An autobiographical look at the changing face of the Egyptian identity, set amongst the backdrop of port city Alexandria during WWII, intermixing a heavy dose of grainy black and white newsreel war footage, along with a heavy anti-British sentiment, yet the Brits held the line against advancing Nazi Field Marshall Rommel and his Afrika Korps of Panzer tanks, saving the city from what would have been an historical catastrophe. In many ways, Chahine’s childhood resembles that of Jacques Demy, as portrayed in a loving biographical portrait of her husband in Agnès Varda’s Jacquot de Nantes (1991), as both had a childhood love affair with Hollywood, a lifelong obsession that would continue into their adult lives, with both viewed as dreamers. Much of the film deals with coping with the economic hardships of the war, where paramount on the adult minds was preparing for what appeared to be an impending invasion and occupation by the advancing Nazi troops in Egypt, with their eyes set on obtaining control of the Suez Canal. As Egypt was under British colonial rule, one subplot was plotting acts of rebellion against the British, as Arab nationalists were killing English soldiers and plotting the assassination of Winston Churchill, anything to get the British Empire out of Egypt, which morphs into a homosexual love affair between wealthy uncle Adel (Ahmed Mehrz), a radical nationalist who kidnaps and kills British soldiers until he meets a drunken young British soldier, Tommy (Gerry Sundquist), where his plans go haywire, with the young Brit ending up in his bed instead, while another involves a romantic subplot between Ibrahim (Ahmed Zaki), a Muslim working-class communist and Sarah (Naglaa Fathi), a Jewish-Egyptian woman whose wealthy father is an anti-Zionist communist, with suggestions that all Jews are not Zionists, and could instead be part of a nationalist Egyptian struggle. But the emphasis is on a young boy, Yehia (Mohsen Mohieddin), the son of an Arab father (Mahmoud el-Meliguy) and an Italian mother (Mohsena Tawfik), who grew up in a polyphonic culture of Eastern and Western flavors, surrounded by English, Italian, French, Greek, and Arabic languages, and living in a religiously tolerant environment where Muslim, Christian, and Jews all peacefully coexisted. The film reflects the perspective of a young boy who lives in the fantasies of Ziegfeld Follies, escaping into a rich fantasy world, using a first person narrative to describe his exploits, a student at Alexandria’s prestigious Victoria College, attending movies, staging satirical shows as he dreams of studying filmmaking in America, who wants to do Shakespeare but also wants to direct a musical and make comedy skits about Hitler as Rommel is approaching, discovering reality and its impending horrors continually interfere with the stage shows he’s trying to produce, with mixed success. Fragments of Hitler’s speech announcing his intentions to occupy Alexandria are mixed with utopian seaside images of Alexandria as a European tourist playground, spending restful hours lapping up the waves, spilling over to the beaches, where this idyllic scenario is met with a grand Hollywood theme that oozes innocence and romance, Theme from a summer place (Percy Faith version) YouTube (2:13), before quickly changing to jazzy American music from the 1940’s, like Glenn Miller - In The Mood [HQ] - YouTube (3:35) or watching Georges Guétary, aka Lambros Worloou, a fellow Alexandrian of Greek parents who ran away to Paris to become a Hollywood star, Georges Guétary - Stairway to Paradise sung in French 1952 YouTube (2:40). Adept at mixing genres and styles, Chahine accentuates abrupt editing, fantasy sequences, and overlapping narratives, frequently changing moods from bawdy, lively, often lurid or melodramatic, yet full of bouncy pop music and flamboyant heart-on-sleeve moments. Conveying a wide array of characters and emotions, this low-budget movie leads to a mad rush of a finale where family and friends finally scrape together enough money to send our young protagonist to America, the land of his dreams, yet even then he turns it into a comic sketch. Despite the lengthy run time, there are few moments of contemplation, instead running at a frenetic pace, jumping over events, where the multi-layered style is often hard to fully comprehend, using a zany, irreverent style that feels more than a little absurdist, yet this fractured, kaleidescopic structure unearths plenty of new revelations
Written by Chahine in collaboration with Mohsen Zayed, winner of a Silver Bear (2nd Place) at the Berlin Film Festival and the first of the three-part Alexandrian Triology, a coming-of-age saga that also acts as a Proustian personal memoir, this is an introspective look at the relationship between the director and America, developing an overwhelming obsession with the splashy Hollywood musicals of Esther Williams, Busby Berkeley, and the dancing sensations of Fred Astaire and Gene Kelly, yet equally mesmerized by a show-stopping number by Eleanor Powell tap-dancing on the decks of a U.S. Navy warship Eleanor Powell - Dance Finale from "Born to Dance" - 1936 YouTube (6:24). Yet these fantasy sequences are juxtaposed against war footage, and the worst shock of his childhood memory, the death of his older brother, who was viewed as the favored son, with all the family hopes and aspirations placed on his shoulders. When he died of pneumonia, which was incurable at the time, his death was blamed on younger brother Youssef, who inadvertently started a fire when he tried to light a Christmas candle, though it was quickly put out, yet it was used as an excuse for his brother’s death, with his grandmother lamenting, “Why did he have to die? Why didn’t the young one die instead?” This memory haunted the director his entire life. His father opposed the idea of theater as a profession, preferring something more secure, like an engineer. At only 17, after watching a movie on the life of Ziegfeld, the famous Broadway producer of lavish musicals, he attempted to emulate those stage productions, persuading a wealthy sponsor to allow him to rent the Alhambra cinema in Alexandria, but she only allowed two hours for rehearsals. The result was a disaster, with spectators leaving in droves, many demanding their money back. To his family, that was proof he was pursuing the wrong profession, but to him, it only proved he needed more experience and more rehearsal time, as his next attempt a few years later was more of a personal triumph. Staging a theatrical production during times of war can be a tricky thing, as flared emotions are all over the map, pride, resentment, or fear, where timing is everything, as satirical lampoons may be viewed as bad taste. Similarly, the film was released just after the realization that President Anwar Sadat had held secret meetings with Israeli Prime Minister Menachim Begin at the Camp David Accords, eventually signing a peace treaty brokered by American President Jimmy Carter. To many in the Arab world, this was a bewildering defection that left them stunned and angered, feeling betrayed by one of their own. Although this led to the return of the Sinai to Egypt, it was rejected by the Muslim Brotherhood and the left, strongly opposed by the PLO, believing Sadat had abandoned efforts to create a Palestinian state, which led to Egypt being suspended from the Arab League in 1979. Just two years later Sadat was ambushed by an assassin’s bullet. For Chahine to release this film under such surrounding political turmoil, it was viewed as backsliding into Egypt of the 1940’s, offering a nostalgic and conciliatry tone of forgiveness during a time the nation was incensed. Many accused Chahine of complicity with Sadat in promoting normalization with Israel. As a result, the film was banned in all Arab countrties except Egypt and Algeria. From then on, bitter controversy accompanied each and every new release. Chahine’s career was shaped by the turbulence of the 40’s, as anticolonial struggles began to gather momentum, with several Arab countries gaining their independence from France and Britain. Yet the most volatile issue was the uprooting of Palestinians from their homeland in order to create a new state of Israel. Chahine’s own emergence from a minority group, coming from a Lebanese Greek Christian background, living in an Arab Muslim country, compelled him to believe in universal brotherhood, where demonstrating fundamental respect is an essential ingredient to amicable resolutions, as this film makes an unmistakable plea for a peaceful coexistence of faiths and a tolerance for the differences of others.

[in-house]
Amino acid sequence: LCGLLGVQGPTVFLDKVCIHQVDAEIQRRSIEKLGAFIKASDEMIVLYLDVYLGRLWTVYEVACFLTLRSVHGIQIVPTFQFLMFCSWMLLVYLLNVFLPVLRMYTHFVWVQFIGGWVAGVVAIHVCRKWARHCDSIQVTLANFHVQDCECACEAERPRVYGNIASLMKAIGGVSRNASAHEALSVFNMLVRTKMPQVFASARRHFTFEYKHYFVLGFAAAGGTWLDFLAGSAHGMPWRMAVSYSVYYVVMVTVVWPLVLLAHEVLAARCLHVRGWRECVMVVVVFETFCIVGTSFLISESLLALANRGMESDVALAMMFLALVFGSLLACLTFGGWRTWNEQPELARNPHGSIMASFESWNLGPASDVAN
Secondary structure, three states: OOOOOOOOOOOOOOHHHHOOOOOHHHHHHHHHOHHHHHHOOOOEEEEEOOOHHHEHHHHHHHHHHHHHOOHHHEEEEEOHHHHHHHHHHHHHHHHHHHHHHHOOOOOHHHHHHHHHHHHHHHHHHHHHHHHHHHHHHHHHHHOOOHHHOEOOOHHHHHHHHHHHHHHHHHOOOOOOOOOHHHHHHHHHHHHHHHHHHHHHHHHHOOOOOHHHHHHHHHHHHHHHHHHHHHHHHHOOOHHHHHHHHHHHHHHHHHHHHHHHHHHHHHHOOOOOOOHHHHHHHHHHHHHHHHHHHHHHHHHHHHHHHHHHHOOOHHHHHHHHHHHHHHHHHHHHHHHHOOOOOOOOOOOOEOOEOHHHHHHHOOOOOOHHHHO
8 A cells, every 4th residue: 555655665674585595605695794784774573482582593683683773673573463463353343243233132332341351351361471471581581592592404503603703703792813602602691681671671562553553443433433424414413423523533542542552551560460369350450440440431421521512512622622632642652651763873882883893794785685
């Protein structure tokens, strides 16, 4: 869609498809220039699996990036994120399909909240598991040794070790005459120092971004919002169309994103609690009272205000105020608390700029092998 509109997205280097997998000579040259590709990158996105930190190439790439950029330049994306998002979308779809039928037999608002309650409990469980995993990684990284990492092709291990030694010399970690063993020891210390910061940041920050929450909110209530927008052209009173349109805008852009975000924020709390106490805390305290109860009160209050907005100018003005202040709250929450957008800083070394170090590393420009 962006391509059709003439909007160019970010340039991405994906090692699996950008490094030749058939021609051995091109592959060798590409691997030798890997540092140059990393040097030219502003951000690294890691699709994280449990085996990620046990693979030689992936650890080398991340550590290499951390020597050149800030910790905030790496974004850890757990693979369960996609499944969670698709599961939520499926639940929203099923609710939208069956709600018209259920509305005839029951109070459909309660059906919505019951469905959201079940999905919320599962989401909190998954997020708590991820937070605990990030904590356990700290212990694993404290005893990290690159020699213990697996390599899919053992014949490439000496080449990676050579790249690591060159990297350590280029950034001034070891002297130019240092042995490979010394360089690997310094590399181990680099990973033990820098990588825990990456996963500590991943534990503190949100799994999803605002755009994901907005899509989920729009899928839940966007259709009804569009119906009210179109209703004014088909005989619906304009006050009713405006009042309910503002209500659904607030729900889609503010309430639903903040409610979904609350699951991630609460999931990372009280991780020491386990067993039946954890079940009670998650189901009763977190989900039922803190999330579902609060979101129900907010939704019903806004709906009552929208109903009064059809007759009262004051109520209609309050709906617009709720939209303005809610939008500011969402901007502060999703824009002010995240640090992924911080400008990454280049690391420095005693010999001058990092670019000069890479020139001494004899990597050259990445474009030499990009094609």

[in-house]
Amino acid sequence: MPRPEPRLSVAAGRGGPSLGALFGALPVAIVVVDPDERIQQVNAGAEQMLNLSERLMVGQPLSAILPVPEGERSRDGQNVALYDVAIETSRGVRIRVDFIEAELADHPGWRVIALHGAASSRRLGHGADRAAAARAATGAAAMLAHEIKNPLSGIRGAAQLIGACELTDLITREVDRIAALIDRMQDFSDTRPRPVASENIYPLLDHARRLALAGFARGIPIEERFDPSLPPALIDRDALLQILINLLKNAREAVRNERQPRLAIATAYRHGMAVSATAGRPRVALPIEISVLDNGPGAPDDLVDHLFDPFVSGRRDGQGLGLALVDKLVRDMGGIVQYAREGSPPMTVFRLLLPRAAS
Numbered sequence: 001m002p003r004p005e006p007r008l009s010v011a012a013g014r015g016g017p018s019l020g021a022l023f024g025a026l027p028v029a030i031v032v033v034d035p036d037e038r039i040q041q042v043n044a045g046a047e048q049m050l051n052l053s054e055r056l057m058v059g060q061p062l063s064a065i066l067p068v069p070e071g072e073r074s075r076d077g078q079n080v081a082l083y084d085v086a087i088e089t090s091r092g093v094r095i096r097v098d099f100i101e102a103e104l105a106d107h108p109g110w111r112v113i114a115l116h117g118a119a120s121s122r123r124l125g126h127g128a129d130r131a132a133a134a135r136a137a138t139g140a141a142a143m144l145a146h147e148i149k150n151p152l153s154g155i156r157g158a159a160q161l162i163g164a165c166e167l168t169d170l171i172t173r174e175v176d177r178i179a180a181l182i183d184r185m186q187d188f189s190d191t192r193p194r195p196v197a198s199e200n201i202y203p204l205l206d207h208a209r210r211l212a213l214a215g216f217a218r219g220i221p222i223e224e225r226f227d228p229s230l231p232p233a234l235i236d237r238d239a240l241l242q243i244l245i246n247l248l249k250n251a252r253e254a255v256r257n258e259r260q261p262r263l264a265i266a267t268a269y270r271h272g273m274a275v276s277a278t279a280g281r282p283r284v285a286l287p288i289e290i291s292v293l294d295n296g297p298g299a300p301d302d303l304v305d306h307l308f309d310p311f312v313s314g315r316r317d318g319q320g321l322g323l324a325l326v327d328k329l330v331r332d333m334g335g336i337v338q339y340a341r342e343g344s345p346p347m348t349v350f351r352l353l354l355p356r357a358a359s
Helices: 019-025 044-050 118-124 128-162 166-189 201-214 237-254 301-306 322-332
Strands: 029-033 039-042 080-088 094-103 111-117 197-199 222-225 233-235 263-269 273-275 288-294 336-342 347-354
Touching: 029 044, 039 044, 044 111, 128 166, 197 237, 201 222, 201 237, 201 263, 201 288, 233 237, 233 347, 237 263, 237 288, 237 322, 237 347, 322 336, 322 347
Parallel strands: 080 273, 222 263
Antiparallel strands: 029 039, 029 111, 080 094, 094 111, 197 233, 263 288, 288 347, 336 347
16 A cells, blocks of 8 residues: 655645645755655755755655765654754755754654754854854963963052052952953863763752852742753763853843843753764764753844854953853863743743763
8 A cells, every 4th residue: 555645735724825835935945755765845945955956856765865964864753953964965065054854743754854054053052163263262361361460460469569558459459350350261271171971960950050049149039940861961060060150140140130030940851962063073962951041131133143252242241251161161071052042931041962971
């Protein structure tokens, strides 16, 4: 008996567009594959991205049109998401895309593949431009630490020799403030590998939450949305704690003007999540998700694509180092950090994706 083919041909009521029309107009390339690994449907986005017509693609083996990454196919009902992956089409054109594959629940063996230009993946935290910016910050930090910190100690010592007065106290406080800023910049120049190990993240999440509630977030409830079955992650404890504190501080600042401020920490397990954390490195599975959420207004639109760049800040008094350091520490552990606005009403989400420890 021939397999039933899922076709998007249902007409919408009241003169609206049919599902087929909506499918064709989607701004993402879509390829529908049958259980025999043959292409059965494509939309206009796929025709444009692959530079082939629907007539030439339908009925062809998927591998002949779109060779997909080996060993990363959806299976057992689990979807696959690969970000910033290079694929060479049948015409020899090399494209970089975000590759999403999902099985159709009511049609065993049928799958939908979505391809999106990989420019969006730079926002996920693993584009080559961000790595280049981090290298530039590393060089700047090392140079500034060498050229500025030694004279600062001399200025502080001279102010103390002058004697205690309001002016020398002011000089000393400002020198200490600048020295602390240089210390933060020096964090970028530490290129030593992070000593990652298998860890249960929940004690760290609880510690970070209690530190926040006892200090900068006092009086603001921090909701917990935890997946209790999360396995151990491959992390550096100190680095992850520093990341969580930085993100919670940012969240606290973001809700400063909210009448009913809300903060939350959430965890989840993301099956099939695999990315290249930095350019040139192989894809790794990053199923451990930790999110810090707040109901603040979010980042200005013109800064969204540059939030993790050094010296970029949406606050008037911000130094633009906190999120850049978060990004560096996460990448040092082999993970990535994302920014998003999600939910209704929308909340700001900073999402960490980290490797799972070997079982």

Part of the film’s appeal is the unique editing structure, aggressively accentuating contrasting styles, keeping viewers off balance, continually reshaping the film, like love in the time of war, Egypt under occupation, lives under a constant assault of threats and turmoil, but also joy and the exhilaration of romance, where it’s a school movie, a movie-within-a-movie, using comic set pieces and fantasy sequences to describe how people are torn between the absurd and the incoherent, some prospering under the British, others see salvation in the Americans, others are willing to welcome the Germans, or even Mussolini, with a multitude of outcomes possible, becoming a psychological examination of the ever-shifting Egyptian identity, connecting with an international audience, while remaining true to its Egyptian origins. Curiously, there’s no sense of unity among the population, where the multicultural experience of 1940’s Alexandria is not at all confusing to the protagonist Yehia, yet may confound western audiences, as Chahine breaks through the stereotypes of Egyptian models, presenting Alexandria as a multi-ethnic and multi-religious society, acknowledging Jewish, Christian, and Muslim Arabs, yet also Greeks, Italians, and European Jews. No minority goes unmentioned, while the various political trends include Islamism, communism, secular anticolonial nationalism, and Zionism. Sarah’s brother David moves to Palestine to fight with the Zionists but is disappointed at what he discovers, as it’s not the promised land he expected, so instead his family sends him to an American military school. Yehia himself seeks salvation in America, dreaming of attending film school, yet his family hasn’t the means to send him. That all changes the moment he’s accepted to a school in Pasadena, as they scrape together what’s needed, creating a rousing crescendo for a finish, a poignant reflection of what he’ll miss, including his family and all that he’s leaving behind, while also offering a sly wink towards an uncertain future, accentuated by "MOONLIGHT SERENADE" BY GLENN MILLER YouTube (3:24), where this comes across as a Portrait of the Artist as a Young Man. Even the director shows up in front of the camera playing a newspaper journalist in one instance, and a film director in another, where he even gives a knowing look directly at the camera. The European colonial presence is accentuated in the clubs and streets of Alexandria, where the nightclubs are packed with British and Australian soldiers, while American and European music dominates movie theaters. Yet Chahine highlights how colonialism manifests itself in Yehia’s school, which has a strict policy of speaking English only, the language of the Brits. When studying Hamlet’s soliloquy, breaking it down into English was the assignment, but Yehia felt no personal identification through memorization only, so he decides to subvert the assignment by translating it into Arabic, basically using the colonizer’s tools against them, which immediately angers his teacher, ordering him out of the classroom, but he resists, continuing to recite Shakespeare in Arabic, which his British professor is apparently incapable of understanding. It’s a profoundly significant yet also liberating moment, a sign of growth and personal change. But the groundbreaking challenge Chahine presents is breaking the taboo of homosexuality in Egyptian film, where uncle Abdel is driven by a murderous hatred of the British, picking them out one at a time in order to kill them. When Tommy goes off on a drunken rant at a follies-style nightclub, he makes a spectacle of himself, only to find himself half naked in Abdel’s bed the next morning, wondering what happened to his clothes, with Abdel still pointing a gun at him. What’s apparent is that his life has been saved by sexual desire, with homoeroticism replacing the murderous impulse. The two bicker about the situation they find themselves in, with Tommy denouncing being viewed as a minority object, with Abdel denouncing his denouncement, as the personal becomes the political, yet what’s clear is a shifting dynamic between the colonizer and the colonized, where a lustful relationship can grow, yet Tommy must return to the front to fight in the battle of El-Alamein, Second Battle of El Alamein | National Army Museum. What started as an attempted murder becomes a tragic love story, becoming extremely impactful and especially poignant when Abdel stands before Tommy’s grave at the massive El-Alamein memorial site, El Alamein Commonwealth War Cemetery, Western Desert ..., with Chahine adding an elegiac tribute through a song of his birthplace, The White Cliffs of Dover - Vera Lynn (1942) - YouTube (2:55). Very powerful stuff.